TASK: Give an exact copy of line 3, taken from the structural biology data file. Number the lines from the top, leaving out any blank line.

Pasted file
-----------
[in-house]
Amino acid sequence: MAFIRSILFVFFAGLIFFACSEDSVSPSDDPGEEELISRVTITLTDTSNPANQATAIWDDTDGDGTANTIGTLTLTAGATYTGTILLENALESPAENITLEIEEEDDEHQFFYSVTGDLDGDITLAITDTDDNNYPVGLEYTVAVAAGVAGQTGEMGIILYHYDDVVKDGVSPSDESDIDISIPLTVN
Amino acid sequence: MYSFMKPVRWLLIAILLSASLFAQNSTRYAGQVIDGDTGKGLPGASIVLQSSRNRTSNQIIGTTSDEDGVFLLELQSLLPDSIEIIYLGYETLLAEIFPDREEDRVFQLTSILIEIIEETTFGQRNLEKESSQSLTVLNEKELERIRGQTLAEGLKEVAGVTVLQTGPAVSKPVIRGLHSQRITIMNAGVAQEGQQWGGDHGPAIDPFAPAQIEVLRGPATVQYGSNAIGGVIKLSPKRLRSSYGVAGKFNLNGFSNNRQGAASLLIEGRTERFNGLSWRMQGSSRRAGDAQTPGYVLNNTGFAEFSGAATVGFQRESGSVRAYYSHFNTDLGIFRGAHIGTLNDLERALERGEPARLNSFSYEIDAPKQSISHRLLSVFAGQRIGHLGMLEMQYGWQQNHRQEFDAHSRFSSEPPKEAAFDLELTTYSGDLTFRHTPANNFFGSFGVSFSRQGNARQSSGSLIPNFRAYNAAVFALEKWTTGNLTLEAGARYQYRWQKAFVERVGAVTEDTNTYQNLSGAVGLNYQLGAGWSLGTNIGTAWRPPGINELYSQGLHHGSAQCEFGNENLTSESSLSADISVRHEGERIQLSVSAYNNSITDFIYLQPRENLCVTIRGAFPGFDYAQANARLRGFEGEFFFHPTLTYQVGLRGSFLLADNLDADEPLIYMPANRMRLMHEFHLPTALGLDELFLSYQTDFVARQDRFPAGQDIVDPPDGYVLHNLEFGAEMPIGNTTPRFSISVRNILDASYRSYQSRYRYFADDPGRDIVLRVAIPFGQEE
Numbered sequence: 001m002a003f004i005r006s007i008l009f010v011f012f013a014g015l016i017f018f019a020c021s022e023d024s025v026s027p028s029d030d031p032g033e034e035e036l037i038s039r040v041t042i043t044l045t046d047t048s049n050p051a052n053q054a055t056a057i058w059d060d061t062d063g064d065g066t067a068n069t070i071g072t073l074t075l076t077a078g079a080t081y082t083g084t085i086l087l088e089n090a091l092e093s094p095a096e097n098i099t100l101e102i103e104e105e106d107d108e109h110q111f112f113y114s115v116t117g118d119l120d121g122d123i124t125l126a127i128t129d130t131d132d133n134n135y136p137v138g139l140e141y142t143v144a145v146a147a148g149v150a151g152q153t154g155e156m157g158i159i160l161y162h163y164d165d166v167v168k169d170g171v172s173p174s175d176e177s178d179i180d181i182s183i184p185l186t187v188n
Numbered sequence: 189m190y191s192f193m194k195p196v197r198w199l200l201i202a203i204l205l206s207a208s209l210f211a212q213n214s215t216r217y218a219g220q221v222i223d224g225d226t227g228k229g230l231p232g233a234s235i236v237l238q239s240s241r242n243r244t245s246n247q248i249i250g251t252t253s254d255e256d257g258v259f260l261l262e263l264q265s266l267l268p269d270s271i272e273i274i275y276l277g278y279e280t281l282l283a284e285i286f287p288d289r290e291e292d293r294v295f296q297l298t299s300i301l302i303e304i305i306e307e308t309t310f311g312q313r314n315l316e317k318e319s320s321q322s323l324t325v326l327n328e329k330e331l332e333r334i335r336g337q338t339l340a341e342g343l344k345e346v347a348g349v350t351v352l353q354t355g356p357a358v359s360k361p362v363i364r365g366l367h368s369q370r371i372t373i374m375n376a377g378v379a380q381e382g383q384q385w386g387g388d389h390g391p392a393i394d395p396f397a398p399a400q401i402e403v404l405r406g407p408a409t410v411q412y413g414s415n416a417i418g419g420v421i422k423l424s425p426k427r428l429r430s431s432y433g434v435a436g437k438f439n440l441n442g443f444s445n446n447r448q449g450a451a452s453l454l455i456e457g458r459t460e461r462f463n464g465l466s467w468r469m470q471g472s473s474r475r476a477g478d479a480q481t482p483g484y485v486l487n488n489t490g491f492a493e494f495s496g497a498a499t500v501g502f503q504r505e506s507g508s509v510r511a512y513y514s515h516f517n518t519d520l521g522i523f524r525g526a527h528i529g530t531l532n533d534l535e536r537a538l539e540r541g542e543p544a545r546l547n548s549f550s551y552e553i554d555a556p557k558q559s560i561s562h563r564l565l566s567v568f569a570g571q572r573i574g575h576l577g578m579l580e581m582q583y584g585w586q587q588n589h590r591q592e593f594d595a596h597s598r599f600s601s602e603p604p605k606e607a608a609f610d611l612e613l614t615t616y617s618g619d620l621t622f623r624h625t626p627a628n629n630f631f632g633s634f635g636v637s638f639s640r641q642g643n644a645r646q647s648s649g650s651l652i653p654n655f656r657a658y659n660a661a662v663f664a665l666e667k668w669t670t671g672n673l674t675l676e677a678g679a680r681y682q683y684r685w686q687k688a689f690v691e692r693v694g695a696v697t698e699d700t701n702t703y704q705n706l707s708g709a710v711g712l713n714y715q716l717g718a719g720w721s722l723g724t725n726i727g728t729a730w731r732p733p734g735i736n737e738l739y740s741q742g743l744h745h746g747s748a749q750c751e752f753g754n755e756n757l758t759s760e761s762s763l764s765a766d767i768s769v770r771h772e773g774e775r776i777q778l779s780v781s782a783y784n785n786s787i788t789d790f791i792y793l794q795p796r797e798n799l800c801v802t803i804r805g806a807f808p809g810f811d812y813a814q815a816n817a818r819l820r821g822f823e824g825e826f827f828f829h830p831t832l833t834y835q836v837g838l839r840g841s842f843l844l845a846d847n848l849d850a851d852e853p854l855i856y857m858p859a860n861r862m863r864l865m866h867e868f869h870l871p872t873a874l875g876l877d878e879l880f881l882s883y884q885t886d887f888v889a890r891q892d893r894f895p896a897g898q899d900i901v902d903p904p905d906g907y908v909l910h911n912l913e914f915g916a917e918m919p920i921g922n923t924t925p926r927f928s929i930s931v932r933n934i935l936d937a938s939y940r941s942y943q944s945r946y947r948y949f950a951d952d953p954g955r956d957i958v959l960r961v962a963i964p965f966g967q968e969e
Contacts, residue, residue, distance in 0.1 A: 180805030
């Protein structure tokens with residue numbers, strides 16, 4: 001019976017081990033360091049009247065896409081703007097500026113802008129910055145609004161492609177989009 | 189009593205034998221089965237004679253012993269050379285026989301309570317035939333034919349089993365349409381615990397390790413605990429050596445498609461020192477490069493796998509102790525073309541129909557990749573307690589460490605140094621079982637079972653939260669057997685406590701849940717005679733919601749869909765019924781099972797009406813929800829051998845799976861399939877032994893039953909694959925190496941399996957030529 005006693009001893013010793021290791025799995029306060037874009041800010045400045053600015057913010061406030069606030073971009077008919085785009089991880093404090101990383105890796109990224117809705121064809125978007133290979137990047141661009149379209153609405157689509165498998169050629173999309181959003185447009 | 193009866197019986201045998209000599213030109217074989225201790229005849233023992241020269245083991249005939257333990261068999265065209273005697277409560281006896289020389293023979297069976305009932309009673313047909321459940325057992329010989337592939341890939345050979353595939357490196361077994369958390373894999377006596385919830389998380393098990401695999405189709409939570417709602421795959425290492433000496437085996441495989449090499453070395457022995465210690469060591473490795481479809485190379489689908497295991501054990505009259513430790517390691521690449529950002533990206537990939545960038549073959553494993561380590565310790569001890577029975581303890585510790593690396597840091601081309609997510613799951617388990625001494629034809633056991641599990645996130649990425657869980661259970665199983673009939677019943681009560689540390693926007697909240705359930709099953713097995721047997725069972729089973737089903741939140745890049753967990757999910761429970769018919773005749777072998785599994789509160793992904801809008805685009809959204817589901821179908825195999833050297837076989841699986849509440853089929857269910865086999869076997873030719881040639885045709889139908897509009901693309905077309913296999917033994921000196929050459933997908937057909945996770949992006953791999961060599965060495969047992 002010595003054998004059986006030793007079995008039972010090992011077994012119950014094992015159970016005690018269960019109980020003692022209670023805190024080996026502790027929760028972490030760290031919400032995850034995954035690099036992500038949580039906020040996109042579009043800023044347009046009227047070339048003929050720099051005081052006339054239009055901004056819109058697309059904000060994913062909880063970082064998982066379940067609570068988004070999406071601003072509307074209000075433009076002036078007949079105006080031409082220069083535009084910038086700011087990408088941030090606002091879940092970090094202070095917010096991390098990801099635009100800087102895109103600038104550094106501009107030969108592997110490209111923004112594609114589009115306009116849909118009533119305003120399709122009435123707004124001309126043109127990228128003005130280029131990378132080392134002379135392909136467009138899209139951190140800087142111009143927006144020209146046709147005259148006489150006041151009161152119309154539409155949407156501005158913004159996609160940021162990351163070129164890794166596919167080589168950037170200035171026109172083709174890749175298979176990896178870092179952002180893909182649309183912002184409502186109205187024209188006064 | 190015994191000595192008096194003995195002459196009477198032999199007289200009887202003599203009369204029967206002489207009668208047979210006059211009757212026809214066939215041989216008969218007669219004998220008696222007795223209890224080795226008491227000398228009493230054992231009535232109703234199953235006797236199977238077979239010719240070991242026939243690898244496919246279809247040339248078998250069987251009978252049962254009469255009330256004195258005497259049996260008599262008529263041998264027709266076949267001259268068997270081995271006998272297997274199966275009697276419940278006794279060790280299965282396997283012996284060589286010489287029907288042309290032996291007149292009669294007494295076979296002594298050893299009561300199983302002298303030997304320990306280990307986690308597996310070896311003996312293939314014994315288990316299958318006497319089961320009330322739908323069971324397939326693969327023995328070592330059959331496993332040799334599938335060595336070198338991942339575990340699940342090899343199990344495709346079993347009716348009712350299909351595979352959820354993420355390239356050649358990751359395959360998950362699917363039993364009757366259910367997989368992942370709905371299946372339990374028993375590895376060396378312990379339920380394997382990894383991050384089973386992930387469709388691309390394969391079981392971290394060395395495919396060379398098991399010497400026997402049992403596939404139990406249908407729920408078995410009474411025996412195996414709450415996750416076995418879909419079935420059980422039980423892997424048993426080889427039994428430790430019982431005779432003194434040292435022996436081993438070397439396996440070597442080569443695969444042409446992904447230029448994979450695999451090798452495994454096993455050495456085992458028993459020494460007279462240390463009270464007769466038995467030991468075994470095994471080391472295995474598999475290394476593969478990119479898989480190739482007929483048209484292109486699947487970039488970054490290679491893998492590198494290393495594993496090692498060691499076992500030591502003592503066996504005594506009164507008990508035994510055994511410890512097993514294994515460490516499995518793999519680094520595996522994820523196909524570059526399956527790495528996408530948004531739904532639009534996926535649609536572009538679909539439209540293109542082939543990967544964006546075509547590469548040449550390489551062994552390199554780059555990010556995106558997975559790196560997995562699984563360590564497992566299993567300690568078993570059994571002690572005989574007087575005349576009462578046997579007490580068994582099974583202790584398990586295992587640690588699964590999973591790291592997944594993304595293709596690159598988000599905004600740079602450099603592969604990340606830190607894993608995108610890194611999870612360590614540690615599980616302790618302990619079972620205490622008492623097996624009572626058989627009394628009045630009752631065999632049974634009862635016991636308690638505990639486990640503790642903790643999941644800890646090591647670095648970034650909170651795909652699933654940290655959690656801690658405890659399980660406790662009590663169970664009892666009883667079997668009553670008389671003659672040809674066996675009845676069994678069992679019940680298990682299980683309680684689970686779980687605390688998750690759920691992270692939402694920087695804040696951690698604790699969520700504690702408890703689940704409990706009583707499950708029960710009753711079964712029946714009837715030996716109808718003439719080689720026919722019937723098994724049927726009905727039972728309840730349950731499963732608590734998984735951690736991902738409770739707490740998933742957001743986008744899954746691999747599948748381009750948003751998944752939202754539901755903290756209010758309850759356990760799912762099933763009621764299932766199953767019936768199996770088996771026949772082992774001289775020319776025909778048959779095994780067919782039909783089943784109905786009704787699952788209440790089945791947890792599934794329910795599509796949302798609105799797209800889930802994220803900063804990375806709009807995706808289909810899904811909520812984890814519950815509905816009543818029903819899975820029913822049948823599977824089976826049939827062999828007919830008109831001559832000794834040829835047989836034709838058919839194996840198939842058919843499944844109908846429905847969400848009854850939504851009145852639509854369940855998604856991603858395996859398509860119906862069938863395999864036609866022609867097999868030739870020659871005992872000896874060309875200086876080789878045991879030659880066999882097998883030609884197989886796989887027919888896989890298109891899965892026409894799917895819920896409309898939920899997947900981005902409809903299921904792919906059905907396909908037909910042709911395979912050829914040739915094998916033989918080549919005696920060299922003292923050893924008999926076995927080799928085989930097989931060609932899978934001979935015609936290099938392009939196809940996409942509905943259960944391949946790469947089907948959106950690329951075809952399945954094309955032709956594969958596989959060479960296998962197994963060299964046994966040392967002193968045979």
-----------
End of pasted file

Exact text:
Amino acid sequence: MYSFMKPVRWLLIAILLSASLFAQNSTRYAGQVIDGDTGKGLPGASIVLQSSRNRTSNQIIGTTSDEDGVFLLELQSLLPDSIEIIYLGYETLLAEIFPDREEDRVFQLTSILIEIIEETTFGQRNLEKESSQSLTVLNEKELERIRGQTLAEGLKEVAGVTVLQTGPAVSKPVIRGLHSQRITIMNAGVAQEGQQWGGDHGPAIDPFAPAQIEVLRGPATVQYGSNAIGGVIKLSPKRLRSSYGVAGKFNLNGFSNNRQGAASLLIEGRTERFNGLSWRMQGSSRRAGDAQTPGYVLNNTGFAEFSGAATVGFQRESGSVRAYYSHFNTDLGIFRGAHIGTLNDLERALERGEPARLNSFSYEIDAPKQSISHRLLSVFAGQRIGHLGMLEMQYGWQQNHRQEFDAHSRFSSEPPKEAAFDLELTTYSGDLTFRHTPANNFFGSFGVSFSRQGNARQSSGSLIPNFRAYNAAVFALEKWTTGNLTLEAGARYQYRWQKAFVERVGAVTEDTNTYQNLSGAVGLNYQLGAGWSLGTNIGTAWRPPGINELYSQGLHHGSAQCEFGNENLTSESSLSADISVRHEGERIQLSVSAYNNSITDFIYLQPRENLCVTIRGAFPGFDYAQANARLRGFEGEFFFHPTLTYQVGLRGSFLLADNLDADEPLIYMPANRMRLMHEFHLPTALGLDELFLSYQTDFVARQDRFPAGQDIVDPPDGYVLHNLEFGAEMPIGNTTPRFSISVRNILDASYRSYQSRYRYFADDPGRDIVLRVAIPFGQEE